NaNoWriMo Nov Day 16: Rebecca Stevens

Posted by Jazz on Wednesday November 16th, 2016

We're over halfway through NaNoWriMo! Valentine Joe and Rose in the Blitz author Rebecca Stevens is here to keep you motivated right to the end ... 

What would be your five top tips to budding writers?

1. Invest in some really special notebooks, the best you can afford. Then you'll feel you have to fill them up to justify the expense.

2. Keep one of your notebooks (I like big hard-backed ones with blank pages so I can scrawl and scribble and not feel constrained by the mean blue lines that make you feel you're at school and someone is going to pass judgement on your work) beside your bed and write for as long as you can bear to the minute you wake up. Then have breakfast.

3. Make sure you know how your story's going to end before you start. It might change as you go along, but if you don’t have somewhere to go you'll feel overwhelmed by the infinite number of possibilities and never write a word.

4. Write fast, as fast as you can, so you don't over-think. If you're not a quick typist write longhand. You can always type it up later. Then you can pretend someone else wrote it and be impressed at how really quite good it is.

5. Look on writing as a job, not a hobby. Hobbies can always be postponed, nobody cares. But if you don't turn up to do your job, you'll get the sack, your relationship will break down, you'll lose your house and before you know it, you and the children will be out on the streets, living off cheap cider and unsold prawn sandwiches from Pret a Manger. Is that what you want, now? Is it?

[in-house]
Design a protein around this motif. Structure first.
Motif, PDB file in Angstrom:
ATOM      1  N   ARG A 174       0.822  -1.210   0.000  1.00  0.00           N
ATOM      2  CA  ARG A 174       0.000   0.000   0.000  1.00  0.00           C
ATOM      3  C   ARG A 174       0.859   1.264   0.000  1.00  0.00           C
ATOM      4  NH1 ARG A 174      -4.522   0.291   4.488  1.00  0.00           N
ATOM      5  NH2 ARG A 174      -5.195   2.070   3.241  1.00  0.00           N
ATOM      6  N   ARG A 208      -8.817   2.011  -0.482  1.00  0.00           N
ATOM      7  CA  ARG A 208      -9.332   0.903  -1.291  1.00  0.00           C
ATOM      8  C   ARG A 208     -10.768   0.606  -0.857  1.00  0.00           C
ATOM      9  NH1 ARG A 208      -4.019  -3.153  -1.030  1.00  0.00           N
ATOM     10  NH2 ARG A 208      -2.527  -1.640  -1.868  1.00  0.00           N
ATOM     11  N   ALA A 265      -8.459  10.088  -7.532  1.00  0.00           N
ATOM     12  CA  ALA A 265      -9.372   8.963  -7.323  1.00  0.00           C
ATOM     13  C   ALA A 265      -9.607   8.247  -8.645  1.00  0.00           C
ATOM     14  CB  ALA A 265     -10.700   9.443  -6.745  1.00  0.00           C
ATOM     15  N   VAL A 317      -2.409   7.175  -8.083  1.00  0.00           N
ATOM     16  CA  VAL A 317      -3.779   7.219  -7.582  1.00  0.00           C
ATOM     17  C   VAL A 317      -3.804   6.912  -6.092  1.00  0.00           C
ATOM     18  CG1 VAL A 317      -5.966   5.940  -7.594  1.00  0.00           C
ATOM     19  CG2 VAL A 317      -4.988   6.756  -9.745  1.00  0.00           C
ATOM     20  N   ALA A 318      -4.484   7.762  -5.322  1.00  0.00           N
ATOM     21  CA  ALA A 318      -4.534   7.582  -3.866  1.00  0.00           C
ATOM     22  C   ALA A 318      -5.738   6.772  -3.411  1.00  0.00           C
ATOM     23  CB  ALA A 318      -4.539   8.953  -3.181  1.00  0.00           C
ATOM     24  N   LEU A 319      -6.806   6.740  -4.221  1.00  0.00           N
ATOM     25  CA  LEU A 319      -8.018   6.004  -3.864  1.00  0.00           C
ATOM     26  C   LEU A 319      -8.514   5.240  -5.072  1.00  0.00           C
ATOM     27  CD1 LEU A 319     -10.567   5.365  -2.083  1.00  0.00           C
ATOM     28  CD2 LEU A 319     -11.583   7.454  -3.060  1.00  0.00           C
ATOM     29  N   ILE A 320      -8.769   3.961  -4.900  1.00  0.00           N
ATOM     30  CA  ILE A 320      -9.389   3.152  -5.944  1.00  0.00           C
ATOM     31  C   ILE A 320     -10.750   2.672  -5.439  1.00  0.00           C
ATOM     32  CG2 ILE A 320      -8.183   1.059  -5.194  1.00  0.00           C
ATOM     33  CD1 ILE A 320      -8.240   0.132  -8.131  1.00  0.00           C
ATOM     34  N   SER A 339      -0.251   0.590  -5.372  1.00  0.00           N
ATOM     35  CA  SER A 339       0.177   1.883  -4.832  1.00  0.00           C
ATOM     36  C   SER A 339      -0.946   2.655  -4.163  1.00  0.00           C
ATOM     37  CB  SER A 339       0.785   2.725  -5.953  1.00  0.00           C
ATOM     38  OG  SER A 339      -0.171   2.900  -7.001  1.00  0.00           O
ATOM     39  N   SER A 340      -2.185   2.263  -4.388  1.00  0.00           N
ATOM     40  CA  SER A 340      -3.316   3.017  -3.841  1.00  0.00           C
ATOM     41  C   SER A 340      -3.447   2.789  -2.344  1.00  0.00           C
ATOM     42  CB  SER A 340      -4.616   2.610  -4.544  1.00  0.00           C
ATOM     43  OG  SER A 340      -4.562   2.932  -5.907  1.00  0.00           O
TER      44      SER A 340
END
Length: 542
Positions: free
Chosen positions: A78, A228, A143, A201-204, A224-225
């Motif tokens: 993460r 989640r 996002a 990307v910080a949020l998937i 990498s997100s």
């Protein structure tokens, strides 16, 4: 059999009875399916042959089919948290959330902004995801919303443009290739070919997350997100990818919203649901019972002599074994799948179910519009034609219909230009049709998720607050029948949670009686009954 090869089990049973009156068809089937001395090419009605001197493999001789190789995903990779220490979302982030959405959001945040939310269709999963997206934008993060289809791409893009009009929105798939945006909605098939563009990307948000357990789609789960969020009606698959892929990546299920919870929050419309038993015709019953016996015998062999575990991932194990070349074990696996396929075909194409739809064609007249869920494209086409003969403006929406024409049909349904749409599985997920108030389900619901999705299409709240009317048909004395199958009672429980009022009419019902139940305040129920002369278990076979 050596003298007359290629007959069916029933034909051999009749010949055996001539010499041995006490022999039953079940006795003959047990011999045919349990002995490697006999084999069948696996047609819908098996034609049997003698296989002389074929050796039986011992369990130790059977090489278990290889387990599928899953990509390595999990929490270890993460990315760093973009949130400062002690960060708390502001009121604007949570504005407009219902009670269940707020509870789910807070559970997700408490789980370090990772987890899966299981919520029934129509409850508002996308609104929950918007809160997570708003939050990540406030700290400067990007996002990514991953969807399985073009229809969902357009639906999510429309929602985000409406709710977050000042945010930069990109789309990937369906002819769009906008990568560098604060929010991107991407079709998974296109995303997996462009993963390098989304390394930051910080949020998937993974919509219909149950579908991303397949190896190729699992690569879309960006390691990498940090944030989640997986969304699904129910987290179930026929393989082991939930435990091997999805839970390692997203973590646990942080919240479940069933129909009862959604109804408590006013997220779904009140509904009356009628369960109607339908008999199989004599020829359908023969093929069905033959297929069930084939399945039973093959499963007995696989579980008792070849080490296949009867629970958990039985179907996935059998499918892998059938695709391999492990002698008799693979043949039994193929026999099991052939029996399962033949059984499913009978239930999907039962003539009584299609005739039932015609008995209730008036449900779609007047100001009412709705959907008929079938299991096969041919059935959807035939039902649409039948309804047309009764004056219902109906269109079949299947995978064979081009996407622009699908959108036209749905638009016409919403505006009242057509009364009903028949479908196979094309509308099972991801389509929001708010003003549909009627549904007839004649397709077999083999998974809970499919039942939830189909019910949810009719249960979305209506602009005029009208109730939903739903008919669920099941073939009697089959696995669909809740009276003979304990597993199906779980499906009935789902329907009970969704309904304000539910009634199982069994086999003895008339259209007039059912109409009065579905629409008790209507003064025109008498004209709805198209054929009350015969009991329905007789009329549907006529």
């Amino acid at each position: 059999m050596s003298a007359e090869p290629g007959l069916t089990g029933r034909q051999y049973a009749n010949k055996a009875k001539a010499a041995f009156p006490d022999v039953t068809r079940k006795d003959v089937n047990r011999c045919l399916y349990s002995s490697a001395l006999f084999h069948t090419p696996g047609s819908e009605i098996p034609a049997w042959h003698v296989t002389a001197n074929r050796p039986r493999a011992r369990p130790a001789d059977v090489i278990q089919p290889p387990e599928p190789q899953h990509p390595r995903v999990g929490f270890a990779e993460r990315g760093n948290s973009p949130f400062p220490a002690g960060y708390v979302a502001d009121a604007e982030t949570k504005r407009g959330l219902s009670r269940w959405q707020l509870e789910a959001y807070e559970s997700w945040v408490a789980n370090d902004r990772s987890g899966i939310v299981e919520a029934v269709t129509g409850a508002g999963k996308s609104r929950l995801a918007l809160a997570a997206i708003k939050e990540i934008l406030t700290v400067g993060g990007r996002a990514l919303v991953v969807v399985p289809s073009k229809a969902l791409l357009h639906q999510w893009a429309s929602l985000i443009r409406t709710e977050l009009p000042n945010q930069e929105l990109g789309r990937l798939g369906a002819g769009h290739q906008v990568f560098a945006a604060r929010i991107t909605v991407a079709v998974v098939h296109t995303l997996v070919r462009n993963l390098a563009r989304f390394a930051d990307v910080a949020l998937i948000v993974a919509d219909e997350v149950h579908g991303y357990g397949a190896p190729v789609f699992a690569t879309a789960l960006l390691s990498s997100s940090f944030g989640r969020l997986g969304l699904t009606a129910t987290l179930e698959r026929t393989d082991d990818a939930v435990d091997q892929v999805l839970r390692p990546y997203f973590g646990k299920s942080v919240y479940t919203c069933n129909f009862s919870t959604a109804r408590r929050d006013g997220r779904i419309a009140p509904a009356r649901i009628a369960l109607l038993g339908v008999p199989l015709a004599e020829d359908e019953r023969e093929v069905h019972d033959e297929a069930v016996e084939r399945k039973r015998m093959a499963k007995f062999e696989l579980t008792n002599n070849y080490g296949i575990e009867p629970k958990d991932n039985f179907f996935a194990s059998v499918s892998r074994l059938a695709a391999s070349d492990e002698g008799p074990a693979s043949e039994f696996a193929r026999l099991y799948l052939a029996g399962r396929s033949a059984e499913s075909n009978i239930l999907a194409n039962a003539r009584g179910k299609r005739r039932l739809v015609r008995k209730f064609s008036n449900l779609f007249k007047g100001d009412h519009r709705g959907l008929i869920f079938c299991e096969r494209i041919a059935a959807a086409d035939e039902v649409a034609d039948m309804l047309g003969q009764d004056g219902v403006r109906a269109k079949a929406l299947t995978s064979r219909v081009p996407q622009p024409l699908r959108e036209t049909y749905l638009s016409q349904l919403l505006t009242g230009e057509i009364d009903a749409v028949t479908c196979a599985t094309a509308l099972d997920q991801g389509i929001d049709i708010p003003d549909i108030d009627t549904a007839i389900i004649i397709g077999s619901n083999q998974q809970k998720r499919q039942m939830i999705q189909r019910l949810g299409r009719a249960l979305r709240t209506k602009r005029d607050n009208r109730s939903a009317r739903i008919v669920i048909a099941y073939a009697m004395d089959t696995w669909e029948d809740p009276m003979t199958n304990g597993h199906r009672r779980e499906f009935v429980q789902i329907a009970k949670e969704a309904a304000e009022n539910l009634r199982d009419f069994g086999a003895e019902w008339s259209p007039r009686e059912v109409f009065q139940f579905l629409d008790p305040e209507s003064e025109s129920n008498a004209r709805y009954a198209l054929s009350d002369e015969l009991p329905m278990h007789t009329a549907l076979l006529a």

6. That little voice in your head that goes, 'That's rubbish that is, no-one will ever want to read that'? Tell it to shut up.

Sorry, that was 6.

For those hoping to take part in NaNoWriMo or enter the Times/Chicken House Children's Fiction Competition, what would be your best tip for writing something every day?

Think about the person or people you love most in the world. Your darling husband, your lovely wife. Your precious child. Your cat, perhaps. Right. Now, imagine that they will die horribly if you don’t write something. It will be your fault, and you will never, ever be able to forgive yourself for as long as you live. Easy!

Enter the Times/Chicken House Children's Fiction Competition to be in with a chance of winning a £10k publishing contract! 

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